It looks like you're using an Ad Blocker.

Please white-list or disable in your ad-blocking tool.

Thank you.


Some features of ATS will be disabled while you continue to use an ad-blocker.


Cheapo Creamy Tomato Soup (with pictures)

page: 1
<<   2 >>

log in


posted on Jan, 5 2016 @ 07:23 PM
I love the recent Poor As Hell Recipes thread, and I often cook in this style because I'm ...really, really cheap. So here's a recipe you can make for under $2 on a really cold night that will feed two. It's fully customizable, and something everyone can cook.

Here in Nova Scotia, the temperature has dipped to -14 degrees Celcius, or 7 degrees Fareinheit. It's just enough to make me want to warm up with a steaming hot bowl of soup and a scalding cup of tea.

You need:

A can of tomatoes (small or large, you can adjust seasonings to adapt). $.50
Cream. $.10

Aaannndd.... That's really all you need. You can customize endlessly from here. Tonight I added:

Carrot from the garden, frozen. $.01
A quarter of an onion, from the garden. $.01
Two strips bacon. $.40

Various seasonings:

I think I inherited that bottle of celery seeds from a grandmother, and I add it to infuse my meals with musty old comfort. Yum.
Fish sauce? Yes. Yes, yes, yes. For me anyways. Why? Because I didn't have any beef stock on hand to balance out the tomatoes, and for some reason, this does the trick.

Fry up the bacon and onions in a saucepan until they look acceptable. It isn't rocket surgery, I like my bacon crispish, and my onions soft and caramelised slightly.

Add the carrots, and sauté until tender. At this point, you can either remove the bacon, onions and carrots from the saucepan and add them back after the tomatoes are puréed, or you can leave them in. I left them in out of sheer laziness.

Splosh the can of tomatoes in the pan, and add a pinch of seasonings that you like, as well as a pinch of sugar or honey if the tomatoes are on the acidic side. I added a small squirt of fish sauce and Worcestershire for "perceived beefiness".

Simmer your blend for a minute or two and then pull out your hand blender. You don't have a hand blender? Here are some suggestions:

Thoroughly sanitize your garberator...give it a run through there.

Chew several spoonfuls of the soup and just...add them back in. It's your soup anyways.

Try mashing it with a masher or a fork. Chunkiness will result.


Then, when it's blended to your liking, add as much cream as your lactose intolerant European ancestry can handle:

And just in case you forgot, you made a ton of pesto this summer, so find some cubes and toss them in.

Let that simmer for a minute or so. It smells amazing by the way.

Then, if you're feeling first world, boil a kettle and waste that precious water to heat up your soup bowl.

Accessorize how you like.

There you have it. A ten minute, one pot meal, made out of whatever you happen to have; and it isn't Campbells. Have fun making up your own soups all winter.

edit on 5-1-2016 by Atsbhct because: (no reason given)

posted on Jan, 5 2016 @ 07:30 PM
a reply to: Atsbhct

That looks so good and so easy! The avocado looks pretty good too. Totally having grilled cheese and tomato soup for dinner now!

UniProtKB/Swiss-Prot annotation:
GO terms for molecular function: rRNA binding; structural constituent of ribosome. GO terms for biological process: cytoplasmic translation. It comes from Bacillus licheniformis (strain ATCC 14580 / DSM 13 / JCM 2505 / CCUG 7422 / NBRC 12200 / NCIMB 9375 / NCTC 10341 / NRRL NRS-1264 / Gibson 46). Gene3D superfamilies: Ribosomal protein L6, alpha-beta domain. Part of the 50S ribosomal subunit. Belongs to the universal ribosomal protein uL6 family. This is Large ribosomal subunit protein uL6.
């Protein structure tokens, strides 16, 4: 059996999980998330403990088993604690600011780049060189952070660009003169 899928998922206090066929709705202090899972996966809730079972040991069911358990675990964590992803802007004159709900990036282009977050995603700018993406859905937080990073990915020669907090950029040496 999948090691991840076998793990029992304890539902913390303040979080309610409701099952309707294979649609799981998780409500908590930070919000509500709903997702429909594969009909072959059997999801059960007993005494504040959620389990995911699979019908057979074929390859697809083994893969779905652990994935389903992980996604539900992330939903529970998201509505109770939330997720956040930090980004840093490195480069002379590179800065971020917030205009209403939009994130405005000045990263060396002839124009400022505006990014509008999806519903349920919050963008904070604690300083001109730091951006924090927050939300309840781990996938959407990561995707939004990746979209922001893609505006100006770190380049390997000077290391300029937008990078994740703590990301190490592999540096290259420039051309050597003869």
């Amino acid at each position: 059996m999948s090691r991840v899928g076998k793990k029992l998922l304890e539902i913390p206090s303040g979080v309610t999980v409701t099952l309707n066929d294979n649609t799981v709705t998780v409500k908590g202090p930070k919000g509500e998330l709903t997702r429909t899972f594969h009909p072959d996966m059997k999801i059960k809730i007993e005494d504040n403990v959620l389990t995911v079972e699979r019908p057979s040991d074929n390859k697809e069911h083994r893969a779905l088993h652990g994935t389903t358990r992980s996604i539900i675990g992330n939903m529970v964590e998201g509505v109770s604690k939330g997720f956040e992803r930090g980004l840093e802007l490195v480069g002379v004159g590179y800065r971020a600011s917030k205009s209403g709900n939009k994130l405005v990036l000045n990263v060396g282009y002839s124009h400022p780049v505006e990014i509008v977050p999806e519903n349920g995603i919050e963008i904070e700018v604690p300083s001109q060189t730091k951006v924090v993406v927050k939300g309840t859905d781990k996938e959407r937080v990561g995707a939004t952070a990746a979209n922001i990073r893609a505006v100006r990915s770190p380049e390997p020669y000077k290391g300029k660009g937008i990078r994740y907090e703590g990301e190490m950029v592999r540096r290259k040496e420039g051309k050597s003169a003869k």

posted on Jan, 5 2016 @ 07:31 PM
really nice recipe, Thanks. I have found that adding a pinch of cinnamon will cut down the acidic taste as well if you don't want to or can't add the sugar.

posted on Jan, 5 2016 @ 07:33 PM
a reply to: Jennyfrenzy
Grilled cheese would have been perfect.

posted on Jan, 5 2016 @ 07:34 PM
a reply to: Daavin

Cinnamon is an amazing idea, especially for diabetics.

posted on Jan, 5 2016 @ 08:09 PM
a reply to: Atsbhct

Since I live on the road a lot, I don't currently have a hand mixer in my inventory.

Think a can of crushed tomatoes would work as well?

I love tomato soup, especially with a grilled cheese sammich.

posted on Jan, 5 2016 @ 08:13 PM
a reply to: Atsbhct

Too bad you don't have one of those inside hanging upside down tomato plants to pick from and I prefer salmon over bacon and wouldn't be caught dead with an avocado.

posted on Jan, 5 2016 @ 08:43 PM
a reply to: Atsbhct

Very nice!! Easy too!!
I just can't stand tomato soups because the processed taste. This looks to become part of my regular dinner line-up.

Here this time of year we have a few weeks of "endless soup". I may start out with a hearty beef stew, that morphs into a beefy bean concoction, then more "adds" and it's chicken veggie soup and for it's last gasp it transforms into a mushroom pork deal. By the end of February it's taste-bud time for a burger or some fish! Hahahahahahahaha
Don't rule out this morphing into a chili, or minestrone as well....just depends how the budget is feeling.

Sides I use for this are cornbread with real corn kernels from ears I blanched and froze this september.
Cheesy herbed biscuits
garlic bread
green salads

I toss everything in.....pasta, beans, zucchini, diced tomato's, cabbage, spinach, onion, carrot, turnips, white sweet potatoes, mushrooms,green beans,chopped frozen asparagus, kale, marjoram, bay leaf, garlic, dab of liquid smoke....if it's laying around, in it goes. Depending on it's current incarnation beef stock, chicken stock, vegetable stock....ect....My theory is I don't chop up things too fine, so if you don't like it, pick it out.

We call it "Recliner Cooking".

I also "cheat" by dumping in bagged frozen veggies, adding some packaged gravy mixes as needed for a thicker stock.